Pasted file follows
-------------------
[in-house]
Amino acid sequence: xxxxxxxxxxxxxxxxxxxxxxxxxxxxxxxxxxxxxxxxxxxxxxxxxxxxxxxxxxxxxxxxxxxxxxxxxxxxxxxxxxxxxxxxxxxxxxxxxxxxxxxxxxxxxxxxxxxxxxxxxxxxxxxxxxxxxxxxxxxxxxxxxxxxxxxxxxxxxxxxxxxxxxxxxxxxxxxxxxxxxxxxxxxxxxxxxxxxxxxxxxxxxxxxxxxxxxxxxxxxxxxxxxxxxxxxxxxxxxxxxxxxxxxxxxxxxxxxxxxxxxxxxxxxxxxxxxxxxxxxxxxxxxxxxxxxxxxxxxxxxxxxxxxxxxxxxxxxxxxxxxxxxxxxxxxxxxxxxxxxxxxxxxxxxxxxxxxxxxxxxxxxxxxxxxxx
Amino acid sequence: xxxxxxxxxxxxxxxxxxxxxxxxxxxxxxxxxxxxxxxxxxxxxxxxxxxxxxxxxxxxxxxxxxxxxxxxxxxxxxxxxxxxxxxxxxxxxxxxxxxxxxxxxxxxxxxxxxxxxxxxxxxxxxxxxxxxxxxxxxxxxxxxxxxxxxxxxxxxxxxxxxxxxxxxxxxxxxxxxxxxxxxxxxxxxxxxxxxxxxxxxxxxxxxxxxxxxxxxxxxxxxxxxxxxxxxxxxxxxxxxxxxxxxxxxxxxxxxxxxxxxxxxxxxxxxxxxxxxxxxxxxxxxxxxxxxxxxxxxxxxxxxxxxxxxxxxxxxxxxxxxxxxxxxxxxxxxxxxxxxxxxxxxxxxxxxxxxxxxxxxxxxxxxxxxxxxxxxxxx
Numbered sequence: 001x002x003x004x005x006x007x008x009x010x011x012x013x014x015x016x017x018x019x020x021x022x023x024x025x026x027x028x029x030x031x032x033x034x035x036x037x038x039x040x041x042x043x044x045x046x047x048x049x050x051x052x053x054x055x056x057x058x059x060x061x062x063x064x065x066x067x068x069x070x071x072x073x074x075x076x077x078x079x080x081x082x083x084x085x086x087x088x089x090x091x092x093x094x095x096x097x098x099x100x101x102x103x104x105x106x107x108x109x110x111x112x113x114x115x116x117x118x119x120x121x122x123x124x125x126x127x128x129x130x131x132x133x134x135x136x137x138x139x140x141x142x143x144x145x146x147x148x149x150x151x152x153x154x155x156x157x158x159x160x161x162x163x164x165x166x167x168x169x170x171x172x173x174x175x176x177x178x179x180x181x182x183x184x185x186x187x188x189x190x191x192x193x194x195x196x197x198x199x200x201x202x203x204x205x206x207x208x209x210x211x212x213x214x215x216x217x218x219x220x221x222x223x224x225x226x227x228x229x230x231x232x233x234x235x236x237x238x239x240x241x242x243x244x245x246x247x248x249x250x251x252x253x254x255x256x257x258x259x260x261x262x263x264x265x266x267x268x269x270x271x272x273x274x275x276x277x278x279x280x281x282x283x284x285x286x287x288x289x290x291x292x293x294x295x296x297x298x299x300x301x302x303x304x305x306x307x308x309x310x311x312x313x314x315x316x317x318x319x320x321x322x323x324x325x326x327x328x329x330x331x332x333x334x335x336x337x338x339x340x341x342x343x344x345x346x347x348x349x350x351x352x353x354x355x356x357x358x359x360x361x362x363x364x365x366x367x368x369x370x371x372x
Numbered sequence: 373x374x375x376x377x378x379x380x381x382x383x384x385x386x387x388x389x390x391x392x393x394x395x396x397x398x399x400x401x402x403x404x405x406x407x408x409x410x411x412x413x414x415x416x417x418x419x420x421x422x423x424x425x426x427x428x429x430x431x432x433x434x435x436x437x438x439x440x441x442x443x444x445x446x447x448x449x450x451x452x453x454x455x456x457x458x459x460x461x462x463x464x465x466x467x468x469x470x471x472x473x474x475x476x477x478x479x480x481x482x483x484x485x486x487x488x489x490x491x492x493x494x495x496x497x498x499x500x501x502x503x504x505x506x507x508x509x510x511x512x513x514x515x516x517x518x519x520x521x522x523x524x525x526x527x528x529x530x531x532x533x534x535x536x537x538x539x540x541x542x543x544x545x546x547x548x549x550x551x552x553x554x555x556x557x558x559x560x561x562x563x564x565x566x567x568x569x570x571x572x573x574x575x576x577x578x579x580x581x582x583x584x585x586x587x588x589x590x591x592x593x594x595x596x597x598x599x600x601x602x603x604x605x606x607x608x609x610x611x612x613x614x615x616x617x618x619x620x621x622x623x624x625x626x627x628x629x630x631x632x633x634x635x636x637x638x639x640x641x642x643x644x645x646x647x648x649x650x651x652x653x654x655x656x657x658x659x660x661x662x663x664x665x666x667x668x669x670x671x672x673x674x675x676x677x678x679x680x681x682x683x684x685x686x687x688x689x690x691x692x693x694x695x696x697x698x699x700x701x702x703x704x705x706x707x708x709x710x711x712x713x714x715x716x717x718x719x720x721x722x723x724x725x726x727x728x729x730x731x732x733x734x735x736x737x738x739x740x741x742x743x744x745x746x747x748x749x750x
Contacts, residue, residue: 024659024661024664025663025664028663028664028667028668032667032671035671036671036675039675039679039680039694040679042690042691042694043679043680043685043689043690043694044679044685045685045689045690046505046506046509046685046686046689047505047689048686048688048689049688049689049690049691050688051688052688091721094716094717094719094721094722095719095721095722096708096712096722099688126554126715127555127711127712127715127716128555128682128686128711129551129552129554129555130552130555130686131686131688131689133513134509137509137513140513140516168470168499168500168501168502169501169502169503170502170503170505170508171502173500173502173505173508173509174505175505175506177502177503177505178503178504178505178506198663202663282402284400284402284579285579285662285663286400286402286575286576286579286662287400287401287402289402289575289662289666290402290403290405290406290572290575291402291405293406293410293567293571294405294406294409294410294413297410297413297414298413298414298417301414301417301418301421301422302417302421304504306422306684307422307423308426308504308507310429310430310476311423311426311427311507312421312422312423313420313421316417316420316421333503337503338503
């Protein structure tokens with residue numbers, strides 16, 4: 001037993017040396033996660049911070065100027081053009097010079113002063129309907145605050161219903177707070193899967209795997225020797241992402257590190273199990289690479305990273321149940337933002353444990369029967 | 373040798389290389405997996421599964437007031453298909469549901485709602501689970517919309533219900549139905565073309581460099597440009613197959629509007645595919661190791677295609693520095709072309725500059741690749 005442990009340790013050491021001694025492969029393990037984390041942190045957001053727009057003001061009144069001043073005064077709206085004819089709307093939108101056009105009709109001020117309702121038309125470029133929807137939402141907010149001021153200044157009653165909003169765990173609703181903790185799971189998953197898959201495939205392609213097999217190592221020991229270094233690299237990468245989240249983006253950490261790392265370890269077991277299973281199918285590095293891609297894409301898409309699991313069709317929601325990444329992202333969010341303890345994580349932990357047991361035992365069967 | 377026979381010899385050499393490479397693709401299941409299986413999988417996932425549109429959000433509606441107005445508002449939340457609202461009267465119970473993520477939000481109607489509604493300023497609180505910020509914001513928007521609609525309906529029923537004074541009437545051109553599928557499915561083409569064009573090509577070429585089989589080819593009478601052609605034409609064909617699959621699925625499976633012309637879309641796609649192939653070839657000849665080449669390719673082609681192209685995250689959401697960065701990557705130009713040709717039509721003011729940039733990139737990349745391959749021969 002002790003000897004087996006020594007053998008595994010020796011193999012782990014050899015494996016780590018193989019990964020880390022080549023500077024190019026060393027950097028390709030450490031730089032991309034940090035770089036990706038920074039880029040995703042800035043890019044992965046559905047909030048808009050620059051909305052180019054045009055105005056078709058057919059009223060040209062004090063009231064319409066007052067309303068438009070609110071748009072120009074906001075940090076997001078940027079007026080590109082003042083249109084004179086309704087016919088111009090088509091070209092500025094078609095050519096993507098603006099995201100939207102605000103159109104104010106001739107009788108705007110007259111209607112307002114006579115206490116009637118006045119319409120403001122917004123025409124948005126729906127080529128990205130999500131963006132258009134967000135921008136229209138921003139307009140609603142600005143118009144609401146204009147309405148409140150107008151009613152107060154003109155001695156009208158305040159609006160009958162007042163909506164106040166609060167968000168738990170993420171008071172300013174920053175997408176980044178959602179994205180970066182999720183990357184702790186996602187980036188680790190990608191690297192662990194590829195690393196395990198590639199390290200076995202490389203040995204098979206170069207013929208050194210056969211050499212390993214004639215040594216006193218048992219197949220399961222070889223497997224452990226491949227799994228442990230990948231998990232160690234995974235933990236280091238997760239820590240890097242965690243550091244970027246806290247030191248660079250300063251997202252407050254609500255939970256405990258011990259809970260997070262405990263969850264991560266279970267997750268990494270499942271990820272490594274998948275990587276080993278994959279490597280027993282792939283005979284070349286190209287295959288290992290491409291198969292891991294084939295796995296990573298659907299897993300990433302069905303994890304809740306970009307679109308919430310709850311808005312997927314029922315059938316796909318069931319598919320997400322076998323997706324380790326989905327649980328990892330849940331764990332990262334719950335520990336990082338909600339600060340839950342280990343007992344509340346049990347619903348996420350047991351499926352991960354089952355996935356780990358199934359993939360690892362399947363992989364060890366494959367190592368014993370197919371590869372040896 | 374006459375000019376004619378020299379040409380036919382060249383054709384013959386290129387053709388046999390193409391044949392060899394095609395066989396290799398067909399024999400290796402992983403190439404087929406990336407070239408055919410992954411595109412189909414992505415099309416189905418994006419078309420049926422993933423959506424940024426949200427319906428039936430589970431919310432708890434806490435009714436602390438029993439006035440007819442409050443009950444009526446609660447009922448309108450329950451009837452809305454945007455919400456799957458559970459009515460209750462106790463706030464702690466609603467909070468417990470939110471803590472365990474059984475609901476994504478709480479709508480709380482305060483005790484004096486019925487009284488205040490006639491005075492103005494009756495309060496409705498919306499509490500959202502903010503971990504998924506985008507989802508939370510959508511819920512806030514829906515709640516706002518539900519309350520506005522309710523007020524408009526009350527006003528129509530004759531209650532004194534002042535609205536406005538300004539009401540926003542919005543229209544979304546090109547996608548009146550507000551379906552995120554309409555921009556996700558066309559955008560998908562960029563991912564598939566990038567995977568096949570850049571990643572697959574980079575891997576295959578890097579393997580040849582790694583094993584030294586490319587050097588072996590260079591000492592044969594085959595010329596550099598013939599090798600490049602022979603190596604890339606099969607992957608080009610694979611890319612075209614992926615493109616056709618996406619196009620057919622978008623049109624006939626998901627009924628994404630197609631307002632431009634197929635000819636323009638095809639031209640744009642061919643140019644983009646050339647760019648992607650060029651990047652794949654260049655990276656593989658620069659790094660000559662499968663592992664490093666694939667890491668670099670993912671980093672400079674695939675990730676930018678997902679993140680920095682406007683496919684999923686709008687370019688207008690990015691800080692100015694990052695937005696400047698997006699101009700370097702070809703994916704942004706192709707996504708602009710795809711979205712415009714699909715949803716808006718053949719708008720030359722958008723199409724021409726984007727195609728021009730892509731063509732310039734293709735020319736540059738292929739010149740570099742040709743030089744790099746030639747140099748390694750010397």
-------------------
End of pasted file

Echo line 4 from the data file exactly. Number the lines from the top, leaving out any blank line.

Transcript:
Numbered sequence: 001x002x003x004x005x006x007x008x009x010x011x012x013x014x015x016x017x018x019x020x021x022x023x024x025x026x027x028x029x030x031x032x033x034x035x036x037x038x039x040x041x042x043x044x045x046x047x048x049x050x051x052x053x054x055x056x057x058x059x060x061x062x063x064x065x066x067x068x069x070x071x072x073x074x075x076x077x078x079x080x081x082x083x084x085x086x087x088x089x090x091x092x093x094x095x096x097x098x099x100x101x102x103x104x105x106x107x108x109x110x111x112x113x114x115x116x117x118x119x120x121x122x123x124x125x126x127x128x129x130x131x132x133x134x135x136x137x138x139x140x141x142x143x144x145x146x147x148x149x150x151x152x153x154x155x156x157x158x159x160x161x162x163x164x165x166x167x168x169x170x171x172x173x174x175x176x177x178x179x180x181x182x183x184x185x186x187x188x189x190x191x192x193x194x195x196x197x198x199x200x201x202x203x204x205x206x207x208x209x210x211x212x213x214x215x216x217x218x219x220x221x222x223x224x225x226x227x228x229x230x231x232x233x234x235x236x237x238x239x240x241x242x243x244x245x246x247x248x249x250x251x252x253x254x255x256x257x258x259x260x261x262x263x264x265x266x267x268x269x270x271x272x273x274x275x276x277x278x279x280x281x282x283x284x285x286x287x288x289x290x291x292x293x294x295x296x297x298x299x300x301x302x303x304x305x306x307x308x309x310x311x312x313x314x315x316x317x318x319x320x321x322x323x324x325x326x327x328x329x330x331x332x333x334x335x336x337x338x339x340x341x342x343x344x345x346x347x348x349x350x351x352x353x354x355x356x357x358x359x360x361x362x363x364x365x366x367x368x369x370x371x372x